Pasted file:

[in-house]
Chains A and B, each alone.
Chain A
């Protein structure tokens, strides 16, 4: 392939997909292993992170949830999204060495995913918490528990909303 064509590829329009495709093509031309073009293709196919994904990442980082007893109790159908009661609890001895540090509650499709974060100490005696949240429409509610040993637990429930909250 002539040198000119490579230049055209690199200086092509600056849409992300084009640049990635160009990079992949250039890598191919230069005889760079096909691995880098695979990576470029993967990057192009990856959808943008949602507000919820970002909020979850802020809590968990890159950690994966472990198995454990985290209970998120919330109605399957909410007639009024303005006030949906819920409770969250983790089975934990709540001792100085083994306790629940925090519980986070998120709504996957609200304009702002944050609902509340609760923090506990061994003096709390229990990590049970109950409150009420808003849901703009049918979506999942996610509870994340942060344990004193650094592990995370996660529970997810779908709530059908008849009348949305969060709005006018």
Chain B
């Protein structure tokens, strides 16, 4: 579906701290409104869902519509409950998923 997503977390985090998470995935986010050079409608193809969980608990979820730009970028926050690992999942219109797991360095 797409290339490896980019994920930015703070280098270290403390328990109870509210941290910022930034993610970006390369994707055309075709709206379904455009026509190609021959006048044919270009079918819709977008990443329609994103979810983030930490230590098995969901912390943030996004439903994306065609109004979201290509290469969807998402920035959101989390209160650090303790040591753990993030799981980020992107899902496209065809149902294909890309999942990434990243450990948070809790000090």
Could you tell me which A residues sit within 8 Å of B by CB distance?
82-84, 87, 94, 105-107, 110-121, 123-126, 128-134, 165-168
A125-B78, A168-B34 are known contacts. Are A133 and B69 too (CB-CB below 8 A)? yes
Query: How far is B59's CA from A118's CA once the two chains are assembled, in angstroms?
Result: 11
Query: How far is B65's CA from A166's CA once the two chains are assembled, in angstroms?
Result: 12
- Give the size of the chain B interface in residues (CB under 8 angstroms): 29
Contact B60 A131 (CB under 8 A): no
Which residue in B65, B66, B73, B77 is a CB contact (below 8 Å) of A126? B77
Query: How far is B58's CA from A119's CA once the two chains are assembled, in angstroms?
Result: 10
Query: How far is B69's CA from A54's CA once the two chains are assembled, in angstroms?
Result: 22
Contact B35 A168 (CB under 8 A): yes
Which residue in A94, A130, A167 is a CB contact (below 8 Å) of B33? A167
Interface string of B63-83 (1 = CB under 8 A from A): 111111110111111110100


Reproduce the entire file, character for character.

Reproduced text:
[in-house]
Chains A and B, each alone.
Chain A
């Protein structure tokens, strides 16, 4: 392939997909292993992170949830999204060495995913918490528990909303 064509590829329009495709093509031309073009293709196919994904990442980082007893109790159908009661609890001895540090509650499709974060100490005696949240429409509610040993637990429930909250 002539040198000119490579230049055209690199200086092509600056849409992300084009640049990635160009990079992949250039890598191919230069005889760079096909691995880098695979990576470029993967990057192009990856959808943008949602507000919820970002909020979850802020809590968990890159950690994966472990198995454990985290209970998120919330109605399957909410007639009024303005006030949906819920409770969250983790089975934990709540001792100085083994306790629940925090519980986070998120709504996957609200304009702002944050609902509340609760923090506990061994003096709390229990990590049970109950409150009420808003849901703009049918979506999942996610509870994340942060344990004193650094592990995370996660529970997810779908709530059908008849009348949305969060709005006018």
Chain B
């Protein structure tokens, strides 16, 4: 579906701290409104869902519509409950998923 997503977390985090998470995935986010050079409608193809969980608990979820730009970028926050690992999942219109797991360095 797409290339490896980019994920930015703070280098270290403390328990109870509210941290910022930034993610970006390369994707055309075709709206379904455009026509190609021959006048044919270009079918819709977008990443329609994103979810983030930490230590098995969901912390943030996004439903994306065609109004979201290509290469969807998402920035959101989390209160650090303790040591753990993030799981980020992107899902496209065809149902294909890309999942990434990243450990948070809790000090």
Could you tell me which A residues sit within 8 Å of B by CB distance?
82-84, 87, 94, 105-107, 110-121, 123-126, 128-134, 165-168
A125-B78, A168-B34 are known contacts. Are A133 and B69 too (CB-CB below 8 A)? yes
Query: How far is B59's CA from A118's CA once the two chains are assembled, in angstroms?
Result: 11
Query: How far is B65's CA from A166's CA once the two chains are assembled, in angstroms?
Result: 12
- Give the size of the chain B interface in residues (CB under 8 angstroms): 29
Contact B60 A131 (CB under 8 A): no
Which residue in B65, B66, B73, B77 is a CB contact (below 8 Å) of A126? B77
Query: How far is B58's CA from A119's CA once the two chains are assembled, in angstroms?
Result: 10
Query: How far is B69's CA from A54's CA once the two chains are assembled, in angstroms?
Result: 22
Contact B35 A168 (CB under 8 A): yes
Which residue in A94, A130, A167 is a CB contact (below 8 Å) of B33? A167
Interface string of B63-83 (1 = CB under 8 A from A): 111111110111111110100